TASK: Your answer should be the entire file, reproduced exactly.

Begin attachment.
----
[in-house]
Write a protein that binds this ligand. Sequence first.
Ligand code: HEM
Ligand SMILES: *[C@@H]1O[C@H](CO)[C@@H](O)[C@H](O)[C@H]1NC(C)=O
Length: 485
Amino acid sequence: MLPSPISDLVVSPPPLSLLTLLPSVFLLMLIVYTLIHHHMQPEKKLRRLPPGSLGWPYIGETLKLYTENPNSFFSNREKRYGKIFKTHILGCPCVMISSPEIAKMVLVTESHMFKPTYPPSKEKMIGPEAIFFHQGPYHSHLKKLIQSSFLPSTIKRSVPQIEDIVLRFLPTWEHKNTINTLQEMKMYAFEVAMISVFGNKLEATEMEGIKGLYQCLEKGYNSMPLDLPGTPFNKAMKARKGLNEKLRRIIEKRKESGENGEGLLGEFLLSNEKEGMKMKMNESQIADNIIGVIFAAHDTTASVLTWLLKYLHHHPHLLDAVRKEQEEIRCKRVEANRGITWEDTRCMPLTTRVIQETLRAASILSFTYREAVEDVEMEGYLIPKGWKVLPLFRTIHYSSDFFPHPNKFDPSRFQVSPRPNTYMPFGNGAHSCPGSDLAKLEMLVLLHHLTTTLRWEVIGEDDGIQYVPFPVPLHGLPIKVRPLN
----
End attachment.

[in-house]
Write a protein that binds this ligand. Sequence first.
Ligand code: HEM
Ligand SMILES: *[C@@H]1O[C@H](CO)[C@@H](O)[C@H](O)[C@H]1NC(C)=O
Length: 485
Amino acid sequence: MLPSPISDLVVSPPPLSLLTLLPSVFLLMLIVYTLIHHHMQPEKKLRRLPPGSLGWPYIGETLKLYTENPNSFFSNREKRYGKIFKTHILGCPCVMISSPEIAKMVLVTESHMFKPTYPPSKEKMIGPEAIFFHQGPYHSHLKKLIQSSFLPSTIKRSVPQIEDIVLRFLPTWEHKNTINTLQEMKMYAFEVAMISVFGNKLEATEMEGIKGLYQCLEKGYNSMPLDLPGTPFNKAMKARKGLNEKLRRIIEKRKESGENGEGLLGEFLLSNEKEGMKMKMNESQIADNIIGVIFAAHDTTASVLTWLLKYLHHHPHLLDAVRKEQEEIRCKRVEANRGITWEDTRCMPLTTRVIQETLRAASILSFTYREAVEDVEMEGYLIPKGWKVLPLFRTIHYSSDFFPHPNKFDPSRFQVSPRPNTYMPFGNGAHSCPGSDLAKLEMLVLLHHLTTTLRWEVIGEDDGIQYVPFPVPLHGLPIKVRPLN